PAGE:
The Benefits of Custom Orthotics: Functional vs. Accommodative

Jun 17, 2021

Custom orthotics can be incredibly useful tools for helping patients find relief from pain and other symptoms caused by certain foot and ankle conditions. If an abnormality in foot structure or biomechanics is at the core of a problem, there is a very good chance that orthotics can help.

The key to their effectiveness lies in their versatility. The “custom” part is no joke – each pair of custom orthotic inserts is made especially to each patient’s unique foot shape and needs.  

Each set of custom orthotics is truly one of a kind, but we can still divide them into two general categories based on their primary purposes: accommodative orthotics and functional orthotics. We will be diving into the benefits of each kind here, and take a look at how they differ from one another.

While we will be making some comparisons here, this is not to tell you whether one type of orthotic is better than the other. Functional and accommodative orthotics aren’t opponents. You can think of them more like partners in a buddy cop movie. They each have the same goal of helping you find comfort and mobility – it’s just that their approaches to doing so are different, and are more effective in different situations.

Accommodative Orthotics: A Supportive Approach

Accommodative orthotics are designed to provide a specific degree of support to a structural flaw within the foot. Their aim is to effectively manage the symptoms of a condition through cushioning and redistribution of weight.

If someone has a bunion or hammertoes, for example, a pair of accommodative orthotics can help shift excess weight away from vulnerable joints as they stand and walk, as well as provide needed cushioning to improve comfort in sensitive areas. Accommodative orthotics could be used as part of a treatment plan to provide relief without the need for corrective surgery, or help diabetic foot care patients prevent sores and ulcers in certain areas of the foot.


As their name may suggest, accommodative orthotics tend to be made from somewhat pliable materials including foams, rubbers, leather, or cork. They are generally designed for flexibility without being complete pushovers.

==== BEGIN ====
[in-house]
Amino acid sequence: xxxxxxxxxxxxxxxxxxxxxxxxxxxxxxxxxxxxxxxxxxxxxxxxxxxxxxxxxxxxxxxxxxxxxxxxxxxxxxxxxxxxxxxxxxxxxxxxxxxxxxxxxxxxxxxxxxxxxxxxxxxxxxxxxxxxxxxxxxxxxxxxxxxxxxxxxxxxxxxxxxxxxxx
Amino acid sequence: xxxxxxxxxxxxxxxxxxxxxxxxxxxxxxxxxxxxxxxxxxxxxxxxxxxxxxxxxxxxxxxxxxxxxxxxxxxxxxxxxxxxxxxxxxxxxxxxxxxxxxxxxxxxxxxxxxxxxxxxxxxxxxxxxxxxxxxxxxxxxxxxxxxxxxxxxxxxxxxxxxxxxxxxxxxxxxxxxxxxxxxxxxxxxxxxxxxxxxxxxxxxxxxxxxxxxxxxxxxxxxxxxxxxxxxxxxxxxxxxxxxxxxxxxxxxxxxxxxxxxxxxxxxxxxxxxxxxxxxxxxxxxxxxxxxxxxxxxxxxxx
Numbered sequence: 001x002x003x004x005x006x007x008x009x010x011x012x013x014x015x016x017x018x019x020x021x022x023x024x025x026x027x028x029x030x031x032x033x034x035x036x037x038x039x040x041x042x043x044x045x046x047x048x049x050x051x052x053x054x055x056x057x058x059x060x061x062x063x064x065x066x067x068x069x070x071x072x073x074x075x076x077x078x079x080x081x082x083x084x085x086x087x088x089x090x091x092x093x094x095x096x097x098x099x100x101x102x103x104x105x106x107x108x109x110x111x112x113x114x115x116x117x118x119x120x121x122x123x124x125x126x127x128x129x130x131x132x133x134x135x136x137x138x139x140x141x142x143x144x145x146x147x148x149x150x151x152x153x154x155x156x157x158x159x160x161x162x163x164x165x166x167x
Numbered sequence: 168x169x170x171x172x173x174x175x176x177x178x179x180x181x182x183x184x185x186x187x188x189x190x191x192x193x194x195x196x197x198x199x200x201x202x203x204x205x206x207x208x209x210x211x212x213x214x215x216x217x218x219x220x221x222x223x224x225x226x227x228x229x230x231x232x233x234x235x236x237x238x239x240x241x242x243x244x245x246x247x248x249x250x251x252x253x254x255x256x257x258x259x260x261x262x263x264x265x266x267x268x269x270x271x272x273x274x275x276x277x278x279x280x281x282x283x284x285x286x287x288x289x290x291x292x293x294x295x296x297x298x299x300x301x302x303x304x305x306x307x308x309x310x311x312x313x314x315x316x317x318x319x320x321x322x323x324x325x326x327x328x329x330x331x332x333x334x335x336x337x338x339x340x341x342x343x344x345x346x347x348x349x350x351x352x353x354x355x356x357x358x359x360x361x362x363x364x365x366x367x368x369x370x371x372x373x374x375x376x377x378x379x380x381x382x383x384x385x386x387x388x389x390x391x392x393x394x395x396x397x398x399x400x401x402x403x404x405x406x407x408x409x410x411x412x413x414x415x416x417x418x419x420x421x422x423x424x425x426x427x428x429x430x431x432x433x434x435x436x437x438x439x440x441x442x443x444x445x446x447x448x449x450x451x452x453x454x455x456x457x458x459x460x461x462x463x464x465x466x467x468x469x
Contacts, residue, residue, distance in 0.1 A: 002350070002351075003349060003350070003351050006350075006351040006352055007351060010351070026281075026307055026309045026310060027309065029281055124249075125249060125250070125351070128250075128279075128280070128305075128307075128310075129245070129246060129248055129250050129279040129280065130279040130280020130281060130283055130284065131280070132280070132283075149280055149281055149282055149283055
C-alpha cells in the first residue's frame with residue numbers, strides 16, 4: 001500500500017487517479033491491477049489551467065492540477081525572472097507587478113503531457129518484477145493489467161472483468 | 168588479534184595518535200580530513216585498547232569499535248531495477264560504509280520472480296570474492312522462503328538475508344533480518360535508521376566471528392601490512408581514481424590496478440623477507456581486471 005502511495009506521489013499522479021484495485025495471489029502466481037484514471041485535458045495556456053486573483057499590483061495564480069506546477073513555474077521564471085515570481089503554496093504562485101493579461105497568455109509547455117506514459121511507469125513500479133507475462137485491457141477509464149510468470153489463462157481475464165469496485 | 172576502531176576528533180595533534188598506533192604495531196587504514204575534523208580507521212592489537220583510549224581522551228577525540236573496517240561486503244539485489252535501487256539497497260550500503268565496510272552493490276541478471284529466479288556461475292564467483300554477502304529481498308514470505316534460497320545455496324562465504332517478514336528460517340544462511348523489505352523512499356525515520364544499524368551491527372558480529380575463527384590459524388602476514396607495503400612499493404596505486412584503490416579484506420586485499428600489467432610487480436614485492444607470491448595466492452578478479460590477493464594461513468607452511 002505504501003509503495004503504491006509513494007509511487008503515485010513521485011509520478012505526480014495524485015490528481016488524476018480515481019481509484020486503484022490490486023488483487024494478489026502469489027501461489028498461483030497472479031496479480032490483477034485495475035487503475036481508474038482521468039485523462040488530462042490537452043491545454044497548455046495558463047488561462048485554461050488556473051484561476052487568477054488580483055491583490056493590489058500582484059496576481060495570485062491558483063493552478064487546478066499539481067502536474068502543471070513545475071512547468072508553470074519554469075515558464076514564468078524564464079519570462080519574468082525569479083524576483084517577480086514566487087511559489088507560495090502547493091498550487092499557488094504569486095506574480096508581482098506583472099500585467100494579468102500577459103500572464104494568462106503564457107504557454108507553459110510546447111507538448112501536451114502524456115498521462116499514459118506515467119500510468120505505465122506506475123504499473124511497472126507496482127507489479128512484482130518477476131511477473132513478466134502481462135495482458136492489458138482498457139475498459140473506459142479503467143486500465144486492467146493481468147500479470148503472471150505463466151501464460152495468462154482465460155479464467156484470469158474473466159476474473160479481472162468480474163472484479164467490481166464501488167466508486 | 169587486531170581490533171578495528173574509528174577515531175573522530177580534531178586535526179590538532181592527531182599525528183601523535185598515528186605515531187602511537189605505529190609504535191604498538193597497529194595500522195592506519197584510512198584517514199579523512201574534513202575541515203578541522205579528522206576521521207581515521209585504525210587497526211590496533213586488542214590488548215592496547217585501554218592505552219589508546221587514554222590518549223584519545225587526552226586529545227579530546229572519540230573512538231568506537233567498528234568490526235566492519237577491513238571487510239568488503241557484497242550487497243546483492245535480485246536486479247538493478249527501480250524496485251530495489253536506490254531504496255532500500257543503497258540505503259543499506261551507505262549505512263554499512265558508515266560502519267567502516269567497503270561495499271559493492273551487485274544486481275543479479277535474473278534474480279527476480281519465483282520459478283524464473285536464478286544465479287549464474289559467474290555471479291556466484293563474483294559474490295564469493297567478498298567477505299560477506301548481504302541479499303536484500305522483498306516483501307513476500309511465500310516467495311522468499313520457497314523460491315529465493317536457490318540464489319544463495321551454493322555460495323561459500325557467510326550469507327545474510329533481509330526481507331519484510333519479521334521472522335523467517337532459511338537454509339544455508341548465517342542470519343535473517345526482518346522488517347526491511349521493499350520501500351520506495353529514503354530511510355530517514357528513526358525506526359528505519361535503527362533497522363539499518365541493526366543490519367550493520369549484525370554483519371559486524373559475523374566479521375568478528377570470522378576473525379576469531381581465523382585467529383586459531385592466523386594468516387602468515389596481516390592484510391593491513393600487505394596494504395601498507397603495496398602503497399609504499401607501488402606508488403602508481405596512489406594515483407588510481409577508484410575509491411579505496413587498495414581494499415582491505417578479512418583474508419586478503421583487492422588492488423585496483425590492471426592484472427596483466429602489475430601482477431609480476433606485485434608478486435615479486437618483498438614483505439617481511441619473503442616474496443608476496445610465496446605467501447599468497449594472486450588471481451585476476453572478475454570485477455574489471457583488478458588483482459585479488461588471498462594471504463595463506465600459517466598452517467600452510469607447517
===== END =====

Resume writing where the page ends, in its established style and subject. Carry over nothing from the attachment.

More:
Functional Orthotics: Controlling the Field

When discomfort or other symptoms can be traced to a problem with biomechanics (i.e. how your feet and body move), functional orthotics may be prescribed to counter and control that abnormality.

Functional orthotics typically achieve this goal by holding the foot and lower leg in a neutral position, reducing or eliminating abnormal motions such as overpronation (which is when the foot rolls too far inward while walking). By realigning these faulty biomechanics, excess stress can be relieved and comfort improved. Instances of some sports injuries, such as Achilles tendinitis, can also be reduced.

The materials that comprise functional orthotics tend to be less flexible than accommodative orthotics. Firm plastic, graphite, and carbon fiber are common. A functional orthotic will also typically make full contact with the entire length of the underfoot, whereas accommodative orthotics can more often have partial contact.

It is also important to note that a functional orthotic provides corrective support, but – like accommodative orthotics – cannot actually correct an abnormality in structure or gait over time. Orthotics are not like braces that will gradually shift your structure back to a certain standard. Their benefits are only in place when they are worn, making them a long-term form of treatment.

Can You Get the Best of Both Worlds?

Some people need only cushioning and support. Others need only correction. But still others need both – and can often get it!

Elements of both types of orthotic can often be combined, providing the primary benefits of each where they are needed most. Just like a good pair of buddy cops, they can work well together.

Before we can make any recommendations for custom orthotics (or any other form of treatment), however, we must ensure we fully understand the foot and ankle problems you are facing. That means a thorough physical examination, as well as learning more about how and when you are experiencing your symptoms. When did you first start to notice problems? Are they worse during certain times or activities? What kind of work do you do and what kinds of shoes do your feet spend most of their time in? Answers to these and other questions can be extremely helpful.

If we recommend custom orthotics as part of a treatment plan, you can be assured they will be made specifically for you. We will make a model of your feet and prescribe a build that meets your needs. 

There is occasionally a need for some minor adjustments after a pair of orthotics has been dispensed, but significant improvements are typically felt after a short “break-in” period. With proper care, your custom orthotics can last several years before replacement. Many insurance plans also provide for a fully covered pair each year, meaning you can easily end up with more than one well-working pair for use in different shoes.

Find the Expert Foot and Ankle Care You Need

Custom orthotics have helped many of our patients continue to do the things they love without discomfort getting in the way. They may help your needs too, or another form of treatment may be best for your situation instead.

But if you don’t take action to address your foot and ankle pain now, you’re only ensuring it will remain! Call the Associates in Podiatry Princeton office at (609) 924-8333 or our Roselle Park office at (908) 687-5757 to schedule an appointment and take the first step toward some well-deserved relief. 

Princeton Office